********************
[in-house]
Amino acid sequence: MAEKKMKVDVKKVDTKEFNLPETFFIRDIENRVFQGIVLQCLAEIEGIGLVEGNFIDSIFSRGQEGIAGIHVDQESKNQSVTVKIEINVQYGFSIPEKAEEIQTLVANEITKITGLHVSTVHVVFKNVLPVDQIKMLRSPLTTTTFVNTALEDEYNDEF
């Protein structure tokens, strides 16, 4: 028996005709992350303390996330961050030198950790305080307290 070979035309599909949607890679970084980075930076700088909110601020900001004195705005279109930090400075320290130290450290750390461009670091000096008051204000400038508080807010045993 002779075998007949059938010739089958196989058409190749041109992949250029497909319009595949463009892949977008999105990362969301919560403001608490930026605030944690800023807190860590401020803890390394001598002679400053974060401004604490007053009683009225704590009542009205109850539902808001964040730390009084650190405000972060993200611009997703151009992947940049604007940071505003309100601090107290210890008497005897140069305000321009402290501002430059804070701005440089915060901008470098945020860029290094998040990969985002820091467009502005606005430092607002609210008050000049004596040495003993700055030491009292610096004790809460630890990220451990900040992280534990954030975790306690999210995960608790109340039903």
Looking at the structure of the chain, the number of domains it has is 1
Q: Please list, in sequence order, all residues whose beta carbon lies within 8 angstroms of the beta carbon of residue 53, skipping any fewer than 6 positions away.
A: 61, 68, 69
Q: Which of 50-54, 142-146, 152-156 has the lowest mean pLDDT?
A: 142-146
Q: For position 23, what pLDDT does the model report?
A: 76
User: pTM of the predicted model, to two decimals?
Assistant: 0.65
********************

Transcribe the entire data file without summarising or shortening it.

[in-house]
Amino acid sequence: MAEKKMKVDVKKVDTKEFNLPETFFIRDIENRVFQGIVLQCLAEIEGIGLVEGNFIDSIFSRGQEGIAGIHVDQESKNQSVTVKIEINVQYGFSIPEKAEEIQTLVANEITKITGLHVSTVHVVFKNVLPVDQIKMLRSPLTTTTFVNTALEDEYNDEF
């Protein structure tokens, strides 16, 4: 028996005709992350303390996330961050030198950790305080307290 070979035309599909949607890679970084980075930076700088909110601020900001004195705005279109930090400075320290130290450290750390461009670091000096008051204000400038508080807010045993 002779075998007949059938010739089958196989058409190749041109992949250029497909319009595949463009892949977008999105990362969301919560403001608490930026605030944690800023807190860590401020803890390394001598002679400053974060401004604490007053009683009225704590009542009205109850539902808001964040730390009084650190405000972060993200611009997703151009992947940049604007940071505003309100601090107290210890008497005897140069305000321009402290501002430059804070701005440089915060901008470098945020860029290094998040990969985002820091467009502005606005430092607002609210008050000049004596040495003993700055030491009292610096004790809460630890990220451990900040992280534990954030975790306690999210995960608790109340039903």
Looking at the structure of the chain, the number of domains it has is 1
Q: Please list, in sequence order, all residues whose beta carbon lies within 8 angstroms of the beta carbon of residue 53, skipping any fewer than 6 positions away.
A: 61, 68, 69
Q: Which of 50-54, 142-146, 152-156 has the lowest mean pLDDT?
A: 142-146
Q: For position 23, what pLDDT does the model report?
A: 76
User: pTM of the predicted model, to two decimals?
Assistant: 0.65